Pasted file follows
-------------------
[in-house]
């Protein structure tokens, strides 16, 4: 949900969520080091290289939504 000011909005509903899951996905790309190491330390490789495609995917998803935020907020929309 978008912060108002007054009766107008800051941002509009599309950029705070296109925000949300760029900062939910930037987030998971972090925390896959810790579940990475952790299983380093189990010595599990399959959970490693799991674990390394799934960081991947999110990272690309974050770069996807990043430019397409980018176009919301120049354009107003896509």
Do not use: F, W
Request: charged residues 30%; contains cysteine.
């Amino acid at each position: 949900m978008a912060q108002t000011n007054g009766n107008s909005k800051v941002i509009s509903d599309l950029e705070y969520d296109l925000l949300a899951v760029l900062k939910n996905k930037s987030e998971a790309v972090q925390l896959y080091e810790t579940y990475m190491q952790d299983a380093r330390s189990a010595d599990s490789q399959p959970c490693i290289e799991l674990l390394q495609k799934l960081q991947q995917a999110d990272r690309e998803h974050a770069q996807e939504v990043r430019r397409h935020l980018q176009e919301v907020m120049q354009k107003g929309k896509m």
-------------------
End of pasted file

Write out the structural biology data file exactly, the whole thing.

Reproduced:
[in-house]
């Protein structure tokens, strides 16, 4: 949900969520080091290289939504 000011909005509903899951996905790309190491330390490789495609995917998803935020907020929309 978008912060108002007054009766107008800051941002509009599309950029705070296109925000949300760029900062939910930037987030998971972090925390896959810790579940990475952790299983380093189990010595599990399959959970490693799991674990390394799934960081991947999110990272690309974050770069996807990043430019397409980018176009919301120049354009107003896509």
Do not use: F, W
Request: charged residues 30%; contains cysteine.
């Amino acid at each position: 949900m978008a912060q108002t000011n007054g009766n107008s909005k800051v941002i509009s509903d599309l950029e705070y969520d296109l925000l949300a899951v760029l900062k939910n996905k930037s987030e998971a790309v972090q925390l896959y080091e810790t579940y990475m190491q952790d299983a380093r330390s189990a010595d599990s490789q399959p959970c490693i290289e799991l674990l390394q495609k799934l960081q991947q995917a999110d990272r690309e998803h974050a770069q996807e939504v990043r430019r397409h935020l980018q176009e919301v907020m120049q354009k107003g929309k896509m």